Review Summary: R.I.P. The God of Fuck.
It's pointless to pretend that Brian Warner's career has become anything more than a joke in pop culture. Where once Marilyn Manson wreaked havoc upon American youth while they slept, he now occupies the position of cultural punching bag. Overweight, self-effacing, and lacking in subtlety; the Marilyn Manson brand has for worse become the punchline of the '90s.
It's not as if there's a mass cultural shift that can be blamed for this, either. Granted, industrial metal has dropped out of the limelight rather viscously from its commercial high point in the early '00s, contributing somewhat towards Manson's decline. However Warner's off-stage antics at some point became less about emphasizing a political agenda and more about appearing in as many music rags as possible; particular attention to the maturity with which Warner once approached issues surrounding his supposed influence in Columbine. Nowadays, he's more intent to belabor non-points about fornication habits, underwear clad and all. Parents have little to worry about when considering the washed up bogeyman, as he tends more towards portraying himself as a sexual deviant than a villain.
This approach to publicity has more or less contributed to Manson's massive falling out with critics in recent years. In that regard, Manson's career watermarks Antichrist Superstar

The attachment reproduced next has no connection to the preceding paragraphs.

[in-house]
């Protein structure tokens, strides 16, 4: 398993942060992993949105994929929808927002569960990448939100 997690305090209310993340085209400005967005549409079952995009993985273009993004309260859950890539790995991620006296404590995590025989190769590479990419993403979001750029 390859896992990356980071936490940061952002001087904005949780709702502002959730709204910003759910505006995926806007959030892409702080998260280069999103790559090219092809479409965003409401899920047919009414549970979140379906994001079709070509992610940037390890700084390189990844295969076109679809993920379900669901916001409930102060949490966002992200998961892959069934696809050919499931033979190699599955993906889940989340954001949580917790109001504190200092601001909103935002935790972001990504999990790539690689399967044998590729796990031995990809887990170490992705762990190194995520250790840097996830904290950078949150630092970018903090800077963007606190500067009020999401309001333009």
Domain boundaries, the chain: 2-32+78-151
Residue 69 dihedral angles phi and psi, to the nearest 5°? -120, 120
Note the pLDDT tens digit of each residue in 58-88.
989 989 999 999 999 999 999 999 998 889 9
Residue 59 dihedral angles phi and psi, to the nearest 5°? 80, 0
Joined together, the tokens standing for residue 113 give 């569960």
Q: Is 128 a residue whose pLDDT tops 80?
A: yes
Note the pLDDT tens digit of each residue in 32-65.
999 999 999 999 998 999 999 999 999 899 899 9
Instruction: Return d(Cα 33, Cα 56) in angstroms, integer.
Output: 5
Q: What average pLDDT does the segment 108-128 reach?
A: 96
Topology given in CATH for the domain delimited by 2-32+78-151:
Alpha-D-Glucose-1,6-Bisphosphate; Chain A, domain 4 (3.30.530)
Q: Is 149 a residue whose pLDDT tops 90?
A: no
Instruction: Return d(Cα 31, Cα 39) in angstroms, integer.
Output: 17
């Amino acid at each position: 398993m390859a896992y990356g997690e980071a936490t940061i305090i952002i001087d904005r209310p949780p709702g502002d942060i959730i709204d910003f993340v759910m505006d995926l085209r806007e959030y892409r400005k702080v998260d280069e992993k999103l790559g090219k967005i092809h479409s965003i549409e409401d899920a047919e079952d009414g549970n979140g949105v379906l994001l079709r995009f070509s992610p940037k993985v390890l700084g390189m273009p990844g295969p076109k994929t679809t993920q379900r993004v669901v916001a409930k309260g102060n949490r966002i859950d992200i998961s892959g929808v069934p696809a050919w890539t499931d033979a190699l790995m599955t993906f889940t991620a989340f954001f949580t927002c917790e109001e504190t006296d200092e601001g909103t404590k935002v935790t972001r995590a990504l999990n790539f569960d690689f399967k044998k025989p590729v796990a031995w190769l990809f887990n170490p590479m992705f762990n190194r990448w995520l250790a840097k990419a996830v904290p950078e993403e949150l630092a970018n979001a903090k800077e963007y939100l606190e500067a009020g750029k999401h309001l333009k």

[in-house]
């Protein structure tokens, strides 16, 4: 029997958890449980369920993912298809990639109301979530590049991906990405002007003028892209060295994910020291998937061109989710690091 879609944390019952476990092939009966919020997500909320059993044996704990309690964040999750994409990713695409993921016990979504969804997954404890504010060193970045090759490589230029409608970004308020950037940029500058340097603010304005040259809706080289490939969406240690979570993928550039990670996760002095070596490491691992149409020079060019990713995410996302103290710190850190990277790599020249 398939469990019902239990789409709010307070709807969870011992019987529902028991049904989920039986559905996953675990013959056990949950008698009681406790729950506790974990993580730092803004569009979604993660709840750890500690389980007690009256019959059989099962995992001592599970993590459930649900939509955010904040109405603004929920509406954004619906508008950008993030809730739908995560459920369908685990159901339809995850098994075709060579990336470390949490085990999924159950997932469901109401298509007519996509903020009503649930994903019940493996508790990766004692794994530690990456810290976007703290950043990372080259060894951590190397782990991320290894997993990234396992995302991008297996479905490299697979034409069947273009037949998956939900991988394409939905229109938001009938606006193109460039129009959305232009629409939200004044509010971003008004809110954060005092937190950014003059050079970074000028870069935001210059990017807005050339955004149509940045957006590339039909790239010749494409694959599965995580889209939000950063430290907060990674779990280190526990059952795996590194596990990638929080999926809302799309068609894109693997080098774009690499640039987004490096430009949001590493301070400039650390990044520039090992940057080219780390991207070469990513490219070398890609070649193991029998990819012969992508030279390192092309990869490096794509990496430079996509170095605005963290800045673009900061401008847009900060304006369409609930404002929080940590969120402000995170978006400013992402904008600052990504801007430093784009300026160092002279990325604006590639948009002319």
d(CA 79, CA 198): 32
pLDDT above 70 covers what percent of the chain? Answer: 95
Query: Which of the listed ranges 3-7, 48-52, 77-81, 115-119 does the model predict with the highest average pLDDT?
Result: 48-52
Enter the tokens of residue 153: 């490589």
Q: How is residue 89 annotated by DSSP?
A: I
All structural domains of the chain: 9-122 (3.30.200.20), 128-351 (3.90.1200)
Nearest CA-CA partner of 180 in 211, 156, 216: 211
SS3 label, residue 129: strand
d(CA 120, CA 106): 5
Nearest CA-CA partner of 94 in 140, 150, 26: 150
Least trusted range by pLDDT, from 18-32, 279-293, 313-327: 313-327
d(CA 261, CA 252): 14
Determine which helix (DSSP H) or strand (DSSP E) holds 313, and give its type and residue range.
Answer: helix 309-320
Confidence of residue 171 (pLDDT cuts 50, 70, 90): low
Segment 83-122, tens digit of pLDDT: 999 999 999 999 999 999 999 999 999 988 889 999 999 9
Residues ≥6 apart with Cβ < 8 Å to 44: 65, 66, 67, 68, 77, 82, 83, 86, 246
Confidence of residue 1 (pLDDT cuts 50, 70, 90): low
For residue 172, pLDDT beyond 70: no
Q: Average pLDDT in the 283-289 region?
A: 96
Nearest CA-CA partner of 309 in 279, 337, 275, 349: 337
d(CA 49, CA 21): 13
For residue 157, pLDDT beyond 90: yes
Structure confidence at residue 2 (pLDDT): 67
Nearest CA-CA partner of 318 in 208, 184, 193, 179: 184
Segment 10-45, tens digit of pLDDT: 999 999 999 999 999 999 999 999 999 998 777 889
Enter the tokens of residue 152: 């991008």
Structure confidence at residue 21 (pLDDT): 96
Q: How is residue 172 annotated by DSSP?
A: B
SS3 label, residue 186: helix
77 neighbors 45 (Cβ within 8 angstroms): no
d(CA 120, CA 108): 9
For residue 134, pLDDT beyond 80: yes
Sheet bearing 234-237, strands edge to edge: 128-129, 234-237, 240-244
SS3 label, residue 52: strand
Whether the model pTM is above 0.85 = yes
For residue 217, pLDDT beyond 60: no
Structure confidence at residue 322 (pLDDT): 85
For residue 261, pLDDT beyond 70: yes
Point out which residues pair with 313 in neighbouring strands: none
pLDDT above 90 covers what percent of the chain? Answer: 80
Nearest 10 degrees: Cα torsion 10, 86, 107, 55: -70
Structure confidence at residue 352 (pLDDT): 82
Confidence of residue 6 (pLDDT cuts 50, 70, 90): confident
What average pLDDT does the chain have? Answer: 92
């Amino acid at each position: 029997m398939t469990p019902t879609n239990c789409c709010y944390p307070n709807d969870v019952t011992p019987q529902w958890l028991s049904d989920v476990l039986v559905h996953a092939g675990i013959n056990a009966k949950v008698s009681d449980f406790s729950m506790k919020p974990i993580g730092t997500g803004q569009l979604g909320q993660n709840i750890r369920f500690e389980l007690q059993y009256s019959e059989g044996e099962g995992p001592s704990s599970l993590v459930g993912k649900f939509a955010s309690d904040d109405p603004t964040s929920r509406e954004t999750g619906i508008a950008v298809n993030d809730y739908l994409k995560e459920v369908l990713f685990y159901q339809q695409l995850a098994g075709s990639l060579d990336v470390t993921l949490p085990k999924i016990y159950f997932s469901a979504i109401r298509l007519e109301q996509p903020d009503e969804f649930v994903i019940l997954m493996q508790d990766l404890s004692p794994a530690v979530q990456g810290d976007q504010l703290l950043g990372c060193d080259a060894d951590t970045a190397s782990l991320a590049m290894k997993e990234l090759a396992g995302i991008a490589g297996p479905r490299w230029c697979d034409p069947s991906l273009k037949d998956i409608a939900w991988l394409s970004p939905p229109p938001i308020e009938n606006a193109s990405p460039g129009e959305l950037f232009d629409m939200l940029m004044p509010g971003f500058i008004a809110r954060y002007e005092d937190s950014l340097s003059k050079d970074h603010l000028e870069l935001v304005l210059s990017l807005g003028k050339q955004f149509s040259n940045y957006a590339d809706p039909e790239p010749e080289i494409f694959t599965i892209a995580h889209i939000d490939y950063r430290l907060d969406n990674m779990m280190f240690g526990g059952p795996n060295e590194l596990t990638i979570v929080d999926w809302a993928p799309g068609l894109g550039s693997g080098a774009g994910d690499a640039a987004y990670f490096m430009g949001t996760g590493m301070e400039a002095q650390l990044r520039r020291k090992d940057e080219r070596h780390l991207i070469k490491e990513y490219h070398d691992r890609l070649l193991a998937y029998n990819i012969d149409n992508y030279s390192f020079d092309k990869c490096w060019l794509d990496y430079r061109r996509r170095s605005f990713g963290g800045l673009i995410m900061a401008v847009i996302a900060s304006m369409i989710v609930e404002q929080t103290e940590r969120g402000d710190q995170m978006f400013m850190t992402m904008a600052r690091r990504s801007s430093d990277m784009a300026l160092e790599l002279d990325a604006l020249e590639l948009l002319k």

, Mechanical Animals
, and Holy Wood
have often been thought to of lacked in posterity, which is a rather unfair sentiment. Not defined by their dated sound and lyrical immaturity, Manson's trilogy of Californian pariah's and twisted nightmares were something beyond what the self-serious '90s were capable of. Eventually, when Marilyn Manson transformed from a plural to a singular and his Bible burning became empty rhetoric, hopes that the they/him could ever deliver upon the legacy of the trilogy faded fast. Suddenly, his genius had become a caricature, not helped by a devolution into brittle industrial dirge devoid of bite or impact (best displayed on tepid watermark The High End of Low
Despite minor respite in crowd pleasing Born Villain
, audiences were caught off guard when late last year, Manson authored the single "Third Day of a Seven Day Binge". Incongruous in that it was largely devoid of Manson's signature industrial stomp, "...Binge" marked a swerve in the path of Marilyn Manson's heady career. For once it seemed as if Warner was prepared to explore wider territories, not content with his lousy progression. Misnomers aren't uncommon when approaching new material by Manson; surprisingly though, latest effort The Pale Emperor
is an admirable attempt to flesh out the God of Fu
ck's lost substance. Not content with recent work with Twiggy Ramirez (admittedly, a step in the right direction), Tyler Bates is brought in to replicate the once menacing lumber of the Marilyn Manson character. Tapping into concept over execution, he largely succeeds.